Sara Mansour,
Bankstown Poetry Slam

Where Poetry Thrives

Bankstown Poetry Slam was a project forged from the fires of frustration. I clearly remember having to make the arduous, red light camera filled journey from Punchbowl to Newtown and beyond just to perform or listen to my latest passion, spoken word poetry. A phone conversation between cofounder Ahmad Al Rady and I sparked the idea that the gap should indeed be filled—by us.

After speaking to local cafés and Bankstown Council, our little project found a home at the Bankstown Arts Centre in February 2013. We purposely set our expectations low; we would have been happy with a solid crowd of 30, even if 20 were related to us. However, at the first slam we had just shy of 90 patrons clicking away at the performances. This number began to grow organically each month, as our only means of communication and promotion was our personal Facebook accounts and the page we set up. There was, and is, something about Bankstown Poetry Slam that sets it apart from every other poetry event, evidenced by its month-on-month growth to be the largest regular slam in the country, attracting crowds of 250–400 people on every last Tuesday of the month. This burning difference can be attributed to a number of factors; the demographic, the oratory traditions of its community that transcends culture, the frustrations of the youth and the ability of the spoken word to transform a stage and an audience into a family that is supportive, inclusive and empathetic. Performing spoken word poetry is a cathartic and validating experience and in turn, listening to it moves you to a place of understanding, of a sense of the depths of humanity. As cliché as it sounds, one has to see it to believe it.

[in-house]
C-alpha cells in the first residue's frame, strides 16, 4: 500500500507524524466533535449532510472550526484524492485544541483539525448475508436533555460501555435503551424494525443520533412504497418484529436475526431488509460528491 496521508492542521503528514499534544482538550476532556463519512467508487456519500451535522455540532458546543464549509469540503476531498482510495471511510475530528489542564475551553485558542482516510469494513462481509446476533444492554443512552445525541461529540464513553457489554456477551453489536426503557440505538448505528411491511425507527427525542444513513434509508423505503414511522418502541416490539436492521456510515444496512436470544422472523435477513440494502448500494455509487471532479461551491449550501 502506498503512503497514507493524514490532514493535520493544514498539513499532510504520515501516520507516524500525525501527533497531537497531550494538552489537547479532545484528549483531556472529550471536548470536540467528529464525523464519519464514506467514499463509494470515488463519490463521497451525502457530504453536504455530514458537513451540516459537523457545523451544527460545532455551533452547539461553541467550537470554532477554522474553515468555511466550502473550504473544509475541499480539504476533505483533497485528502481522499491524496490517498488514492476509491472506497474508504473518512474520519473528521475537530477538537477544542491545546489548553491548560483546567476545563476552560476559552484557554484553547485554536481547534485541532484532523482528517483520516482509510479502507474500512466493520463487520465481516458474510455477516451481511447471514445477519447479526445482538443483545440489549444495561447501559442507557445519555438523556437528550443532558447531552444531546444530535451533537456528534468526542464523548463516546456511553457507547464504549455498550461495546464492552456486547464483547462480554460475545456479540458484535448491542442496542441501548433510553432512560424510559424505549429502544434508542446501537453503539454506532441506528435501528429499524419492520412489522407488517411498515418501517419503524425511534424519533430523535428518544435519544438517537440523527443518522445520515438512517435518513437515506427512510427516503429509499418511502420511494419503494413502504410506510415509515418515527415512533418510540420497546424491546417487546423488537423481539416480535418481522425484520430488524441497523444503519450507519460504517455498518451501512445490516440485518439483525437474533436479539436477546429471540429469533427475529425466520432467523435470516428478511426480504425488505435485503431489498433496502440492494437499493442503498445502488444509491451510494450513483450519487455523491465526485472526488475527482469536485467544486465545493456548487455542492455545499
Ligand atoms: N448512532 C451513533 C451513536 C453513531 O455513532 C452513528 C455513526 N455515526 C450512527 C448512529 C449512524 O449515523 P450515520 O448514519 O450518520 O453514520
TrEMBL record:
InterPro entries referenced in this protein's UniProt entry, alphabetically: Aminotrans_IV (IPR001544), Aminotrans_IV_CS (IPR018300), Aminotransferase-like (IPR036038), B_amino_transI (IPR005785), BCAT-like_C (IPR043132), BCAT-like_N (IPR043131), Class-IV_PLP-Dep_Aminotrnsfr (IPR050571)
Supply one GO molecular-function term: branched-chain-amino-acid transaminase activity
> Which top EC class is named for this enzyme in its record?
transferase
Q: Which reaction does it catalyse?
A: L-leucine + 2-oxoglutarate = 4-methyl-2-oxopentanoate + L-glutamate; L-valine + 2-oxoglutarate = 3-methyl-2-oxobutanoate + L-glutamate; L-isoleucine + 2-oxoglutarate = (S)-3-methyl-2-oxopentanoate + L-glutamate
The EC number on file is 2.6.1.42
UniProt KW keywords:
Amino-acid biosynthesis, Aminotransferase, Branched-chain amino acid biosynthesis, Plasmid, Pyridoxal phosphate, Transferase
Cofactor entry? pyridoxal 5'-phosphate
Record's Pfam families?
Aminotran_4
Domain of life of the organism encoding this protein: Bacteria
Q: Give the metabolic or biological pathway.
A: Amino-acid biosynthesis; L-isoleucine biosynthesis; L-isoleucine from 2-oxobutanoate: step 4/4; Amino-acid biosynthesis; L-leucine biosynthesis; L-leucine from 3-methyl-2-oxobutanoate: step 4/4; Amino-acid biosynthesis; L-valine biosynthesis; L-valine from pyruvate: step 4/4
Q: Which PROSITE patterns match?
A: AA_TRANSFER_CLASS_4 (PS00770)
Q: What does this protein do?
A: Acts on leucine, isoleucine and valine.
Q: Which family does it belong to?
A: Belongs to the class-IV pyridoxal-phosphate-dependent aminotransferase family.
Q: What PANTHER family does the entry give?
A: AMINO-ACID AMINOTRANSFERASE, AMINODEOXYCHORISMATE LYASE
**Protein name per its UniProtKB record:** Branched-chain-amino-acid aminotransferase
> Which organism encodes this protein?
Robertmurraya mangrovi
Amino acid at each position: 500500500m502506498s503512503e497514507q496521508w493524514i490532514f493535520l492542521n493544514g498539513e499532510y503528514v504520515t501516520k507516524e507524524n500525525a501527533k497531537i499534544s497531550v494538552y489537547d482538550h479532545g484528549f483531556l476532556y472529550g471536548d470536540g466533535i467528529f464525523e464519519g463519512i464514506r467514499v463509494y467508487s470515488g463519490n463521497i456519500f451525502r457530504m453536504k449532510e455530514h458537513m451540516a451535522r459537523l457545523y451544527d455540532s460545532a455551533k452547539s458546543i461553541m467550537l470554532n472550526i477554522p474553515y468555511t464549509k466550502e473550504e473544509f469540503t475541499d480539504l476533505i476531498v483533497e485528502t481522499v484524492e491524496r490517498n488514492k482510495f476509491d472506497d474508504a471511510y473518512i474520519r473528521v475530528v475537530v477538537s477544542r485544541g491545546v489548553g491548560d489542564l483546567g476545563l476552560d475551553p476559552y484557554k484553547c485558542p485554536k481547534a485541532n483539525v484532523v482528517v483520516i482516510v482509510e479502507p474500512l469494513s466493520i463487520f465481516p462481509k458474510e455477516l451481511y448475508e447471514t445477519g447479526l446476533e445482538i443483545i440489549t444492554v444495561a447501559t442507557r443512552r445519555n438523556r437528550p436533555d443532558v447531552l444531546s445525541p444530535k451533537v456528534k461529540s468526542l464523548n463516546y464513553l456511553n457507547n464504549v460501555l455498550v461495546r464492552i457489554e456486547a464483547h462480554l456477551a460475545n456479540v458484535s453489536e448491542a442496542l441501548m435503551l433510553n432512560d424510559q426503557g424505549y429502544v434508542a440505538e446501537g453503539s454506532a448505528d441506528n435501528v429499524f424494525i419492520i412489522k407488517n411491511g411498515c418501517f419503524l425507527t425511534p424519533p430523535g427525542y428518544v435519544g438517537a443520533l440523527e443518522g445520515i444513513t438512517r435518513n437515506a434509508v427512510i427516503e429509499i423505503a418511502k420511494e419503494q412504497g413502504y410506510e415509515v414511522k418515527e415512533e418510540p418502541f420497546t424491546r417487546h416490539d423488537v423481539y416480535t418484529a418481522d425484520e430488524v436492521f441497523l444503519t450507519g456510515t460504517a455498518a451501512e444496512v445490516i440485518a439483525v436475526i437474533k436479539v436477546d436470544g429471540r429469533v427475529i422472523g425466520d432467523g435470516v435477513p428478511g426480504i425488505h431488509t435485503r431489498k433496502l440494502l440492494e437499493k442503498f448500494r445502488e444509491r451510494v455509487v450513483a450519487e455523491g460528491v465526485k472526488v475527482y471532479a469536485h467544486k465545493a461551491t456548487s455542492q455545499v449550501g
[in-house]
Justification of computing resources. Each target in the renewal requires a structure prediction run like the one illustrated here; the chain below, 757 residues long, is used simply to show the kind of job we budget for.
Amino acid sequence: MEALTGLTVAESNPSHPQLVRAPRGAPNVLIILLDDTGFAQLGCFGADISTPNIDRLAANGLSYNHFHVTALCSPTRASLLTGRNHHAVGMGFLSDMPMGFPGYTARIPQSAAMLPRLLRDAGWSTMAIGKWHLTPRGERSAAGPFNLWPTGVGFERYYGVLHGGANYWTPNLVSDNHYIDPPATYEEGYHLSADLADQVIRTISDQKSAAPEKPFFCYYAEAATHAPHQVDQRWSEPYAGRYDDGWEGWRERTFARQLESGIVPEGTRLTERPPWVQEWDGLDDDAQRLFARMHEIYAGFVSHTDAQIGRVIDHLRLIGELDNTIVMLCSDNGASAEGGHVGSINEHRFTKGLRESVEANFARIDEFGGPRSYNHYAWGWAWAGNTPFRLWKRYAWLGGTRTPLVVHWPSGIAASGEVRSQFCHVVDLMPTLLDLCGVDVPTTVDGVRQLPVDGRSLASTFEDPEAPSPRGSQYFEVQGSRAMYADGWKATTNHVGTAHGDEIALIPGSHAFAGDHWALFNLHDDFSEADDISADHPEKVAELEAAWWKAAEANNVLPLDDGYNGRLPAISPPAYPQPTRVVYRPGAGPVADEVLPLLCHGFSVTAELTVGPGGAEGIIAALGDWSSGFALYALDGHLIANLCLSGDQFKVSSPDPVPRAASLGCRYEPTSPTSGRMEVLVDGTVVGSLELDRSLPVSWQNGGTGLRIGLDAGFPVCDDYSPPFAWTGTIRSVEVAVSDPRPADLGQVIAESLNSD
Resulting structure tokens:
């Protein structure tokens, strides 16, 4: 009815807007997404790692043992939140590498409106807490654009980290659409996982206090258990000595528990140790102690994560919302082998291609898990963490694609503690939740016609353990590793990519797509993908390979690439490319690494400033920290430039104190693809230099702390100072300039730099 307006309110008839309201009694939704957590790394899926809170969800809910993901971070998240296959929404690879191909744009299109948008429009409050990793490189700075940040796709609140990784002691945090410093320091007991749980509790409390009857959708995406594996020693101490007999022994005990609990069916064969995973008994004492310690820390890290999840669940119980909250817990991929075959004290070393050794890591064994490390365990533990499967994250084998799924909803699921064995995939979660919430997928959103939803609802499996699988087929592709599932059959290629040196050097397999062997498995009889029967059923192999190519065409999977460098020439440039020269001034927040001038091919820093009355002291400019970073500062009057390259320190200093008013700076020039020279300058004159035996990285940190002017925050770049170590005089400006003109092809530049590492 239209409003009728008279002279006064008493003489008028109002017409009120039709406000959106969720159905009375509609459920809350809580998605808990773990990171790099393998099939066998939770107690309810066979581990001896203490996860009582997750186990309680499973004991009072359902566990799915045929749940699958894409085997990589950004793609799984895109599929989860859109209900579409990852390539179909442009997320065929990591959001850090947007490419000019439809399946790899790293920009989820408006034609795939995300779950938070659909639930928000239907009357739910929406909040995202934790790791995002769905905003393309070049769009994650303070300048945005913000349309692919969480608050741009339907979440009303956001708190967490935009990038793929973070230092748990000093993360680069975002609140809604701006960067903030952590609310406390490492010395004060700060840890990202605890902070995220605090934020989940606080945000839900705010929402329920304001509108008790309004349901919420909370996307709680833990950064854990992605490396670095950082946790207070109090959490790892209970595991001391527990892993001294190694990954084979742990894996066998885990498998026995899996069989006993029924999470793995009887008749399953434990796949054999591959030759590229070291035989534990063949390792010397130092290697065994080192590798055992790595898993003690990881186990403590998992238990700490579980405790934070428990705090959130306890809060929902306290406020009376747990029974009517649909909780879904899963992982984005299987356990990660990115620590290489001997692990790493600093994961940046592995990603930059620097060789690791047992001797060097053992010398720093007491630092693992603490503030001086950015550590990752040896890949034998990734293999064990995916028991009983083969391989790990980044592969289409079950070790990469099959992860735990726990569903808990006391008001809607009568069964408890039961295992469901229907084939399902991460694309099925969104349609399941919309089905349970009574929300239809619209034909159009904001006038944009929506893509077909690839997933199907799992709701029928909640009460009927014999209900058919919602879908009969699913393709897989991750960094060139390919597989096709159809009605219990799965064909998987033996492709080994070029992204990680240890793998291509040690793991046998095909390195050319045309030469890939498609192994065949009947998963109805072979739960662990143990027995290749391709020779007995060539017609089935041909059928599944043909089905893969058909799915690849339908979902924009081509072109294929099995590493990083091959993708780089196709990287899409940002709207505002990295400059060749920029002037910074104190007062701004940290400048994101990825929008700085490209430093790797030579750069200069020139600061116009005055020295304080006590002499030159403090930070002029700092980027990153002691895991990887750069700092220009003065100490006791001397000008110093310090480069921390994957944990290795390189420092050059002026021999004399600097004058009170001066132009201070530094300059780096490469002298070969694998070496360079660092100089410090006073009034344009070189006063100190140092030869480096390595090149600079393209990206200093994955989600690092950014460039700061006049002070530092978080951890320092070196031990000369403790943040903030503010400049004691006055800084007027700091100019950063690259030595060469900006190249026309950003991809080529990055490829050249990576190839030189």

This piece was inspired by some reflections on the lead up to Australia Day. It is for me an extension of the nuances and the palatable fusion of two cultures that make up my experience as an Australian Muslim woman.

Home means a lot of things to different people but is ultimately underpinned by the notion of being in a place that is familiar and safe. My friend Yasmine Lewis recently wrote and performed a piece about Bankstown and one of her last lines 'it was home when the rest of the world said no' deeply resonated with me. The city of Bankstown is a wonderful pocket of Sydney that epitomises what it means to be living in the Age of Diaspora; of reinvented identities and forged homes. Although the majority of its inhabitants struggle with issues of culture, religion, language and othering (to varying degrees), I don’t think there is a more authentic Australia than in Bankstown. Growing up in Punchbowl, I didn’t learn about the policy of multiculturalism on Harmony Day or in history class, I lived and experienced it every day. I wasn't taught tolerance or acceptance, I was born into it. Whilst I recognise that Australia is by no means perfect, I will always strive to own my identity, even if that means claiming it from others who try to push their stereotypes and their biases onto me. This poem is about that.

My Australia is
Walking through the streets of Punchbowl
With the smell of freshly roasted Lebanese coffee kissing